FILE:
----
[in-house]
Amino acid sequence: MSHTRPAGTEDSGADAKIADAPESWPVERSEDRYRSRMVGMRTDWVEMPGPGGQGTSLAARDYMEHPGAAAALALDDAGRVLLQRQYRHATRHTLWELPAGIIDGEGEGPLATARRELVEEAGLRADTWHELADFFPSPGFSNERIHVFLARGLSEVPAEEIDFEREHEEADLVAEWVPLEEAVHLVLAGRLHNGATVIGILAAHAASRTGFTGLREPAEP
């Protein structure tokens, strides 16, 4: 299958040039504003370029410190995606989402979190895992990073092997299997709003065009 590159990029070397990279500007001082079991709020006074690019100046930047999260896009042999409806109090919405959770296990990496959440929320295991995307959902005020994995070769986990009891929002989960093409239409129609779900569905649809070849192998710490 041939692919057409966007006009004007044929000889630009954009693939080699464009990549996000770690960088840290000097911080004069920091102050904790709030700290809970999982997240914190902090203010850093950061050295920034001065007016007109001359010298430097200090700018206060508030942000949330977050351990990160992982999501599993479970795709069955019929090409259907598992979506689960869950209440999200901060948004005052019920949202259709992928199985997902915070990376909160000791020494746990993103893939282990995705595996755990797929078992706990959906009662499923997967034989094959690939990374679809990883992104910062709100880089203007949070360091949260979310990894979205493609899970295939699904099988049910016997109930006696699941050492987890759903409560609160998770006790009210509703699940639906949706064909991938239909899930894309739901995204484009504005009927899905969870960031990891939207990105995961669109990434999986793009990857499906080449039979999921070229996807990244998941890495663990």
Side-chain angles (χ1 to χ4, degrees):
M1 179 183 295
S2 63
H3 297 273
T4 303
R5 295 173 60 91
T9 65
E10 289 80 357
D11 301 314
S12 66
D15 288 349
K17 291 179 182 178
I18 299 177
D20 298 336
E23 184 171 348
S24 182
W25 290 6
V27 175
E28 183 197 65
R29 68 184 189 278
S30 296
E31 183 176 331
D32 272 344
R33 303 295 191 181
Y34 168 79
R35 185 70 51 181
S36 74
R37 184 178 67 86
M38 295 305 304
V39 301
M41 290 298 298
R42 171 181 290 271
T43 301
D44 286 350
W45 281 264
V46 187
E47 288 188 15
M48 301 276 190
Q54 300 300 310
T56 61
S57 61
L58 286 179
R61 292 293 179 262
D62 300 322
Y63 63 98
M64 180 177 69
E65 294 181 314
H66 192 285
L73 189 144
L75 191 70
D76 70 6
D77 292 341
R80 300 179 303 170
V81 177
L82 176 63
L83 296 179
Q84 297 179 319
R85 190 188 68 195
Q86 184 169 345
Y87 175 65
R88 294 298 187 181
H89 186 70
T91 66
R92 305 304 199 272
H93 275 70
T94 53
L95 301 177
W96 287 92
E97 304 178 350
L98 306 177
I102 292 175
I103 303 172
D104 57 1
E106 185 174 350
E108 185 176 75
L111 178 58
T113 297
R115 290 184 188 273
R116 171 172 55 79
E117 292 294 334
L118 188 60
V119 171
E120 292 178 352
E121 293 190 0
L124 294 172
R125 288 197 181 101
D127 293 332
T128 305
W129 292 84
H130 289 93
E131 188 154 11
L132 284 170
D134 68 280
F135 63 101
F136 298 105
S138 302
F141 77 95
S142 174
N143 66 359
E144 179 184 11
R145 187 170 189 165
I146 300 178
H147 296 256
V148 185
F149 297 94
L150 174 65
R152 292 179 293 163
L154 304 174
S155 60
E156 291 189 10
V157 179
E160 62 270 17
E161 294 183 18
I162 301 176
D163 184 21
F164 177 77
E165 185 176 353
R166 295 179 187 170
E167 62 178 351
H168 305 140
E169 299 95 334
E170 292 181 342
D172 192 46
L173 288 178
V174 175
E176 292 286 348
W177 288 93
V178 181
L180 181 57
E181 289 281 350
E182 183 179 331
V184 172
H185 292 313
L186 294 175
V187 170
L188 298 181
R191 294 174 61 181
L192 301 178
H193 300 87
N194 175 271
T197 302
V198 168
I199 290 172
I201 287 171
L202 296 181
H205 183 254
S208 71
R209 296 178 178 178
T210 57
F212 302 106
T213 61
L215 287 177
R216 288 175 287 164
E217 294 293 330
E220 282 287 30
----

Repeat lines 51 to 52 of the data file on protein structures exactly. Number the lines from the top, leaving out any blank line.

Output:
H66 192 285
L73 189 144